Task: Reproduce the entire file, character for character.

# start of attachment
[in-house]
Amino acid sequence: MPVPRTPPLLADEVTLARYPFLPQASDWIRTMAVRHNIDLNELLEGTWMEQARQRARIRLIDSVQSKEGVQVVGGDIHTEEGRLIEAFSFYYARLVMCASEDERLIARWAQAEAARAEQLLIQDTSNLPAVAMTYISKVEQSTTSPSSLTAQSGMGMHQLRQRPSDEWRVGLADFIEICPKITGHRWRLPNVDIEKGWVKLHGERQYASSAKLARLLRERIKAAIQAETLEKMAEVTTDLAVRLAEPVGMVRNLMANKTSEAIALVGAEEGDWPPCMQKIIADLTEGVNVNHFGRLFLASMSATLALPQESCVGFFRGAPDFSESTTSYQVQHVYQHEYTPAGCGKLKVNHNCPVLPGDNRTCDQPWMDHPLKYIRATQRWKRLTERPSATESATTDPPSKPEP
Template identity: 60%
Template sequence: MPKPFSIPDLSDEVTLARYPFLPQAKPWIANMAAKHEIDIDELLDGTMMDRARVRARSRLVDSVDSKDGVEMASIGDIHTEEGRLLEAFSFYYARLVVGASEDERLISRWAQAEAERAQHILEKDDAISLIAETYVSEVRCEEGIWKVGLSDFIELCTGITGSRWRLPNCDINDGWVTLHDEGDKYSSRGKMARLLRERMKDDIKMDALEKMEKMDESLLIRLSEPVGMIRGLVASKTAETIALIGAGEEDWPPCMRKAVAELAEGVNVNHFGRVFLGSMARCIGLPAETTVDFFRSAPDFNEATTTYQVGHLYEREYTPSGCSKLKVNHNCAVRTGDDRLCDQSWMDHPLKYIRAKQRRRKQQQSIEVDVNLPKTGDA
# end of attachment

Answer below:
[in-house]
Amino acid sequence: MPVPRTPPLLADEVTLARYPFLPQASDWIRTMAVRHNIDLNELLEGTWMEQARQRARIRLIDSVQSKEGVQVVGGDIHTEEGRLIEAFSFYYARLVMCASEDERLIARWAQAEAARAEQLLIQDTSNLPAVAMTYISKVEQSTTSPSSLTAQSGMGMHQLRQRPSDEWRVGLADFIEICPKITGHRWRLPNVDIEKGWVKLHGERQYASSAKLARLLRERIKAAIQAETLEKMAEVTTDLAVRLAEPVGMVRNLMANKTSEAIALVGAEEGDWPPCMQKIIADLTEGVNVNHFGRLFLASMSATLALPQESCVGFFRGAPDFSESTTSYQVQHVYQHEYTPAGCGKLKVNHNCPVLPGDNRTCDQPWMDHPLKYIRATQRWKRLTERPSATESATTDPPSKPEP
Template identity: 60%
Template sequence: MPKPFSIPDLSDEVTLARYPFLPQAKPWIANMAAKHEIDIDELLDGTMMDRARVRARSRLVDSVDSKDGVEMASIGDIHTEEGRLLEAFSFYYARLVVGASEDERLISRWAQAEAERAQHILEKDDAISLIAETYVSEVRCEEGIWKVGLSDFIELCTGITGSRWRLPNCDINDGWVTLHDEGDKYSSRGKMARLLRERMKDDIKMDALEKMEKMDESLLIRLSEPVGMIRGLVASKTAETIALIGAGEEDWPPCMRKAVAELAEGVNVNHFGRVFLGSMARCIGLPAETTVDFFRSAPDFNEATTTYQVGHLYEREYTPSGCSKLKVNHNCAVRTGDDRLCDQSWMDHPLKYIRAKQRRRKQQQSIEVDVNLPKTGDA